Ray Bourque wrapped up his prolific career in Colorado. Bobby Orr did the same in Chicago. With Tuukka Rask ready to take the reins and “friends, family and faith” prompting a year-long hiatus, Tim Thomas will be the latest Bruins legend to hang up his skates elsewhere, as the 2011 Conn Smythe Trophy winner — well, his contract, at least — was dealt to the Isles in February. While the White House, Chick Fil-A and a handful of zany Facebook posts may still be fresh in our minds, Thomas will eventually be remembered as the greatest goaltender in the long, storied history of this franchise. Here are six memorable moments we’ll never forget:
6. All-Star Superstar
While the Bruins have had their fair share of memorable moments at the NHL All-Star Game over the years, including Game MVP awards for Bill Guerin in 2001 and Ray Bourque in 1996, the event struggled to reach the level of required viewing. Thomas did his best to change that for fans back in Boston.
In the skills competition, the former UVM standout allowed a mic’d-up Marc Savard to squeak a weak shot through him in a shootout event. Later, Thomas made the laugh meter spike when he wiped out in a ‘round the rink race. As for the game? The man known as “The Tank” simply dominated, earning a whopping four victories in a row at the ASG — a feat that likely never will be equaled.
5. Fight with Price
In a game that was not only a bloodbath but an 8-6 barnburner, it’s hard to fathom the goaltenders stealing the show, but that’s exactly what Thomas and Montreal’s Carey Price (below) did on Feb. 9, 2011, at TD Garden. When a crowd of players began exchanging punches in Price’s corner, the Habs netminder decided to skate over and get involved. Thomas refused to let the opposition have a man advantage in the potential brawl.
The building erupted as No. 30 skated down to the Canadiens’ end, tossed his mask aside and grabbed a hold of Price’s white sweater. The fight itself wasn’t exactly Foreman-Ali, but getting to witness a goalie fight between two historic rivals was a moment no one present that night will ever forget.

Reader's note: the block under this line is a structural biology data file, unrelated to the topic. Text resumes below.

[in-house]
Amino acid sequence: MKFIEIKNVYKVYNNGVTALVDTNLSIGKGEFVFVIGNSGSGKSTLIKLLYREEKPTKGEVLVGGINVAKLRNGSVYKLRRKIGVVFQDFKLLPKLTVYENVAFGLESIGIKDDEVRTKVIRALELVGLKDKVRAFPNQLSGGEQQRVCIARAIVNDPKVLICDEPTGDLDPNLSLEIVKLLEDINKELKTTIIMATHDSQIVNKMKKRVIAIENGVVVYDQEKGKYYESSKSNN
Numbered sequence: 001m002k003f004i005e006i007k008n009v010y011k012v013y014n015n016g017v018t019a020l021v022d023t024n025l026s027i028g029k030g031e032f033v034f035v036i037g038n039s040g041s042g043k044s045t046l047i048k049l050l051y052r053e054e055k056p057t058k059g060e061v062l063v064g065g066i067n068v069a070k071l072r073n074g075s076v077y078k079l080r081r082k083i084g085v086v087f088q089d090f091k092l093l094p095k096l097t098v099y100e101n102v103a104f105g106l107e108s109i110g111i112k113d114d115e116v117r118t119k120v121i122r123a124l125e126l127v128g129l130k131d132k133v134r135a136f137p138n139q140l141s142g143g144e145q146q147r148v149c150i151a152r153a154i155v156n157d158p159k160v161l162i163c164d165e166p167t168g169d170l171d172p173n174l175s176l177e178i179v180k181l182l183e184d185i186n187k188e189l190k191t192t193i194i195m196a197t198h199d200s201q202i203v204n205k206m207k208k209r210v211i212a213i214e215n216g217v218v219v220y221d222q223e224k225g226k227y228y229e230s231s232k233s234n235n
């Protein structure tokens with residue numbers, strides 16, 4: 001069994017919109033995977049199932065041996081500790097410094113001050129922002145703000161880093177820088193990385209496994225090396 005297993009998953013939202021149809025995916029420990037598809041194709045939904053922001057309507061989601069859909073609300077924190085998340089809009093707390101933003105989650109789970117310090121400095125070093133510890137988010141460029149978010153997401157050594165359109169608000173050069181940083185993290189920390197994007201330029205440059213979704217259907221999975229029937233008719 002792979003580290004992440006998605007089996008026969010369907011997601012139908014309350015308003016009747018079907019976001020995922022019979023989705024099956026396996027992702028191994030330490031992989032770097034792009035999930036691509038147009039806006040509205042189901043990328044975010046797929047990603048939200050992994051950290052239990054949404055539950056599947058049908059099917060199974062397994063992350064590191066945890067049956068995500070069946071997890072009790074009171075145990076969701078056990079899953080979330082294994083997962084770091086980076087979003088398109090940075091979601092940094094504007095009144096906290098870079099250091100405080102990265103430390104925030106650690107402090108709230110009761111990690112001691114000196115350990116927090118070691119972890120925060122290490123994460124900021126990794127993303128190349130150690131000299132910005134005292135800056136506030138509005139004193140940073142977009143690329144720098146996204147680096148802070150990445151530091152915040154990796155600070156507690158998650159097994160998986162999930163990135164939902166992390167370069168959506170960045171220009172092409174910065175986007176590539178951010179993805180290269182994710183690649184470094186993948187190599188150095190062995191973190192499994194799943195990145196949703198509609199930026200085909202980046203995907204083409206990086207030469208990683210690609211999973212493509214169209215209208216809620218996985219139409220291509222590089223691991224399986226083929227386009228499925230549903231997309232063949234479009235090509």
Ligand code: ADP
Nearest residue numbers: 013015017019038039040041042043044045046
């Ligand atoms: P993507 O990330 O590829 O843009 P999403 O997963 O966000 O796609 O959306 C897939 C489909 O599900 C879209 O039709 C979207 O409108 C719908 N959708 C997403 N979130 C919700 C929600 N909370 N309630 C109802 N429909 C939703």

4. Validating Vezina
It doesn’t take a rocket scientist to figure out that Thomas had his fair share of doubters when it came to proving he was a bona fide NHL goalie. After journeying around the globe from league to league in pursuit of his dream, Thomas shined for a pair of crummy, post-lockout squads before helping an underwhelming Bruins roster make the playoffs and push the top-seeded Habs to seven games in 2008.
It took until June 2009 when Thomas — fresh off of leading the league in goals-against average and save percentage — took home the Vezina, then gave a stirring speech about his improbable journey for him to effectively silence nearly all of his critics.
3. The save on Downie
With the 2011 Eastern Conference finals tied at two games apiece and the Bruins holding a not-so-comfortable 2-1 lead against the surging Lightning, Thomas made one of the most spectacular postseason stops hockey fans have ever witnessed midway through the third period of Game 5. Tampa d-man Eric Brewer sent a shot wide to Thomas’ right, which ricocheted back out toward the front of the net. Bolts forward Steve Downie found the puck on his stick and an empty net staring at him.
Desperately, Thomas leaped back and extended his stick toward the post. Downie’s shot hit the goaltender’s paddle, which rippled as the puck bounced off toward the corner. Rich Peverley buried an empty-netter to close out the scoring, while Downie remained on Tampa’s vacated bench after the game to sulk and wonder what might’ve been.
2. Driving Canucks crazy
In limiting their high-powered offense to just eight goals in seven games, Thomas made the first two weeks of June 2011 (and the ensuing offseason) a pretty miserable time for the Canucks. En route to denying Vancouver its first NHL championship, the cagey netminder owned the opposition both on and off the ice.
The Bruins backstop’s unconventional style irked Vancouver coach Alain Vigneault and prompted Roberto Luongo to not-so-subtly mock him. In the end, Thomas got the last laugh. Vigneault stuck with Luongo and his unpumped tire for too long, Thomas stopped nearly everything thrown his way, stuffed Alex Burrows’ face with a blocker sandwich (above) and led Boston to glory.
1. Seventh Heaven
As anticlimactic as it may be, there’s just no way to justify any image of Thomas being more memorable than when the heavily-bearded netminder hoisted the most hallowed trophy in sports high above his head. As much as we’ll all remember the Bruins’ dynamic depth in 2011, the defensive dominance of Zdeno Chara and Dennis Seidenberg, and the clutch contributions from players such as Nathan Horton and Brad Marchand, no player had a bigger hand in the Stanley Cup coming back to Boston for the first time in 39 years than Thomas.
The veteran netminder’s record-breaking, superhuman playoff run was something that even the most nonchalant hockey fans got swept up by. The feel-good story of Thomas’ journey reached a crescendo and the Big Bad Bruins finally climbed back to the top of the NHL mountain thanks to his marvelous string of magical performances.
This article originally appeared in the March 2013 issue of New England Hockey Journal.
Jesse Connolly is the Bruins
beat writer for New England Hockey Journal and is the
editor of hockeyjournal.com.